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March 23, 2009
AIG: A Helpful Summary
of the Faux-Outrage
you’re not closely following the AIG bonuses hullabaloo, it has probably
gotten too confusing due to the rhetoric and feigned outrage that has
been emanating from Congress. But the situation is actually quite
simple, and here are the bare facts to help you catch up.
The nearly $800 billion so-called “stimulus” written, debated and passed
by the Democrats in February, with help from exactly zero House
Republicans and three Senate Republicans, contained language explicitly
eliminating limits on bonus payments at companies receiving federal
funds, including AIG.
In reliance upon this legislation, AIG paid $165 million in bonuses to
When the story hit the news pages, and $165 million sounded like too
much to some, the same Democrats who had unambiguously told AIG it could
pay the bonuses suddenly decided to take a principled stance against
their February selves. Now, in front of every camera they can find, they
are valiantly trying to take the money back from the employees who had
contracted for this compensation with AIG.
These are the facts. Putting aside any value judgment on the bonuses
themselves, the Democrats specifically and willingly made this situation
possible. Both chambers of Congress passed this legislation, and Barack
Obama proudly signed it, with near-unanimous opposition from
Republicans. The Democrats are fully responsible for it.
Yet they are trying to cast the blame elsewhere. Obama, Harry Reid and
Nancy Pelosi would instantly exploit each opportunity to score political
points – even if it comes at the expense of the Obama, Reid and Pelosi
from the previous month. So upon hearing that they themselves had told
AIG to pay unlimited bonuses, they exploded into extraordinary
Notice how nothing changed between February and March, except that the
American people now understand the legislation passed by the Democrats.
Yet that’s enough for Obama and his Congress to fake opposition to it.
After all, it’s not like AIG’s routine move was a surprise. Everyone
knows that companies pay bonuses. And whether or not bonuses help such
companies succeed, the fact is that the Democrats knew it was going to
happen, and even went out of their way to give AIG the green light for
The feigned outrage has resulted in an unnecessary circus. During the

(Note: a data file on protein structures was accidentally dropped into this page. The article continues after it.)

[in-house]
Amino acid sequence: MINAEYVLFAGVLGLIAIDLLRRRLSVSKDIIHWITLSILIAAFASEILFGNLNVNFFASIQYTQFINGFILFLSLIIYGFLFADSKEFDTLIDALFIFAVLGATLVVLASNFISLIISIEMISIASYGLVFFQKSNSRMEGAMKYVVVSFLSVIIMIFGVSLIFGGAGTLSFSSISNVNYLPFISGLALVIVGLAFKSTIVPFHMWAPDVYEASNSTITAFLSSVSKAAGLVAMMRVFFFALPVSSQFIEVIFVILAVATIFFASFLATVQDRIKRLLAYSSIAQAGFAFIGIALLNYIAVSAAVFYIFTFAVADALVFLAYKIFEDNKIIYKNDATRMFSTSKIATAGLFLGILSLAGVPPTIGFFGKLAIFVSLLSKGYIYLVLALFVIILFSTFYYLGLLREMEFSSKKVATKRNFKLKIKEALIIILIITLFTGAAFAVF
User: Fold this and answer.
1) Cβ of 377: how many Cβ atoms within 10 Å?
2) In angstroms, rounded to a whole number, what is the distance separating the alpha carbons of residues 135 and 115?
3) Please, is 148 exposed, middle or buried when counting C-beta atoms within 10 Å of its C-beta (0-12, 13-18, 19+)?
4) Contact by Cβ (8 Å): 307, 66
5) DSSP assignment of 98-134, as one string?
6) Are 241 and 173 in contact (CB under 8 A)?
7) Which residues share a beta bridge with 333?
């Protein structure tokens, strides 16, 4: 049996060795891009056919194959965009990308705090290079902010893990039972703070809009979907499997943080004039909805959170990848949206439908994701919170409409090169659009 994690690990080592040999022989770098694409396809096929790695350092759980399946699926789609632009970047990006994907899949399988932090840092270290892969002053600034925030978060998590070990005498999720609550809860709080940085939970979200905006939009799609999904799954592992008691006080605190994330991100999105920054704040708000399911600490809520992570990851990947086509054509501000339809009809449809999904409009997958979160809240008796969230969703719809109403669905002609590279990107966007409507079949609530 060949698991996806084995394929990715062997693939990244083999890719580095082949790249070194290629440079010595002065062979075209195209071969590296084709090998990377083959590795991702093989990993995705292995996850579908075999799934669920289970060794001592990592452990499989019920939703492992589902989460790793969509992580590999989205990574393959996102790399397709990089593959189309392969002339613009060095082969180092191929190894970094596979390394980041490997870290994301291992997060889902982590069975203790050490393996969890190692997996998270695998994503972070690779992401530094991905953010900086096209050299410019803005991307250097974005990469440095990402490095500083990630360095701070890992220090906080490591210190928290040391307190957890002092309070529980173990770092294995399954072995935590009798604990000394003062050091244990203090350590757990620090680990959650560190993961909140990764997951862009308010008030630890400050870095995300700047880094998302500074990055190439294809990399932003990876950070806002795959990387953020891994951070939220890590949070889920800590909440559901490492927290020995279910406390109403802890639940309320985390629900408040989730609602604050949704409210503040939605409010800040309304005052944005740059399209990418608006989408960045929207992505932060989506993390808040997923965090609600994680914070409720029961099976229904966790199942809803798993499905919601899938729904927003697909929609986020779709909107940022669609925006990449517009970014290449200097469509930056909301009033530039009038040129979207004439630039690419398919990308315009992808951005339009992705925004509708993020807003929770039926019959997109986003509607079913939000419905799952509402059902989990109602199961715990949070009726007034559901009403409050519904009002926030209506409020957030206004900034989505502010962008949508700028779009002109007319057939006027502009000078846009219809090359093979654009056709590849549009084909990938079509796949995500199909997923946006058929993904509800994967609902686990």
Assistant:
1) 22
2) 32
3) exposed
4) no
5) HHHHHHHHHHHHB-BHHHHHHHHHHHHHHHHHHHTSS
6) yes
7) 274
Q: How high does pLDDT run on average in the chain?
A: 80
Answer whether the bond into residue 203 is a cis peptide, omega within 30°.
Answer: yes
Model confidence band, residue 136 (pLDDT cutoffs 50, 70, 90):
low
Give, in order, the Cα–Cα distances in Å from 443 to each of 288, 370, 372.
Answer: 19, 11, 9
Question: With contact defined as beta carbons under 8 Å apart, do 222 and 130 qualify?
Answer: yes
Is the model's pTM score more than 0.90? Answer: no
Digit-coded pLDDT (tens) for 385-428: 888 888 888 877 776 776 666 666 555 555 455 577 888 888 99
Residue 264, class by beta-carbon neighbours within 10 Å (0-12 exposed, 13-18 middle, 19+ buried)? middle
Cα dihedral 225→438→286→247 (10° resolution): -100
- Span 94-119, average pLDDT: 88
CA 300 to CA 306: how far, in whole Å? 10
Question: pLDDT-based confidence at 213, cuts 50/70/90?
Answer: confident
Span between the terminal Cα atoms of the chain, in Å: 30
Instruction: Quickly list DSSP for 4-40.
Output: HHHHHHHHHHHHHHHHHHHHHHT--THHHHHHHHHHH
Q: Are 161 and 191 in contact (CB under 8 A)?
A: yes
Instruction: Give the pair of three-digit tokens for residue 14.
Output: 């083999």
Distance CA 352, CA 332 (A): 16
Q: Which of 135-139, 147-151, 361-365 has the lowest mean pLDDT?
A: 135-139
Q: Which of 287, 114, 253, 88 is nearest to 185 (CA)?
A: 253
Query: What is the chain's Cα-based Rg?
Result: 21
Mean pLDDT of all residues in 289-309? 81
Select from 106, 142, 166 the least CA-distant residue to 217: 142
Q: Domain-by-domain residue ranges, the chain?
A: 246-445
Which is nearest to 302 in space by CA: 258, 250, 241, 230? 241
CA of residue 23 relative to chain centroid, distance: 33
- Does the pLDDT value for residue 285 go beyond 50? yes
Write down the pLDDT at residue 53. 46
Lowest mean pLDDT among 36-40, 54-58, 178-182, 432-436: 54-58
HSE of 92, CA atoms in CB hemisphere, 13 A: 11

made-for-TV grilling of AIG’s CEO, Democratic Congressman Gary Ackerman
declared: “(You have) have access to $197,300,000,000 of U.S. taxpayer
money - $165 million adds up (as) less than one-tenth of 1 percent.
That’s not worth the aggravation, the angst that you have suffered and
that this country is going through.”
Ironically, Ackerman’s argument best applies to him and the entire
United States Congress. They are preoccupied with a comparatively
infinitesimal issue that, aside from its political value to re-election
ambitions, is absolutely not worth the effort. Economist Greg Mankiw
calculated (admittedly crudely) that considering the size of the
bonuses, congressmen should spend a grand total of one minute on the
issue. Notwithstanding the logic of such a proposition, the Democrats
know they have been spending their country into bankruptcy, and the
bonus debacle is a distractive opportunity from liberal heaven.
They are loving the spotlight because it gives them a semblance of
fiscal responsibility. Fiscal responsibility, that is, from the
politicians who have supported massive bailouts, rammed through an $800
billion wasteful pork project and now speak not of millions or billions,
but trillions. It’s fiscal responsibility from the administration that
is on a streak of nominating tax cheats to the highest offices of
government, including the Treasury, which is in charge of . . .
And now the Democrats want to make up for their (never-admitted)
mistakes by taking the money back from individual employees and their
families, by force if necessary. Obama’s teleprompter boldly castigated
AIG: “This isn’t just a matter of dollars and cents. It’s about our
fundamental values.” It is unclear which “fundamental values” the
teleprompter was referring to, but it most certainly cannot be the
honoring of contracts between companies and their employees. Rather,
Obama’s “fundamental values” seem to be whichever ones score highest on
the respective week’s Gallup poll.
Congressional Democrats have gone so far as demanding the names of bonus
recipients, despite the death threats that have been pouring in at AIG
(one can only wonder how those got stirred up). One day, you’re an
employee who received compensation that you contracted for and planned
around, and the next day, your elected representatives are fighting to
make your family the target of death threats.
The House has also passed a 90 percent tax on the bonuses, which,
combined with some state taxes, amounts to a nearly 101 percent tax on
those bonuses. In America, we have begun using taxation as punishment.
Republican Congressman John Campbell wrote in opposition, “If we go down
this road, the government can impose a 100 percent tax on anyone they
don’t like, or anyone they believe is paid too much.”
are going down this road. And we have hope ‘n’ change to thank for it.
© 2009 North Star
Writers Group. May not be republished without permission.
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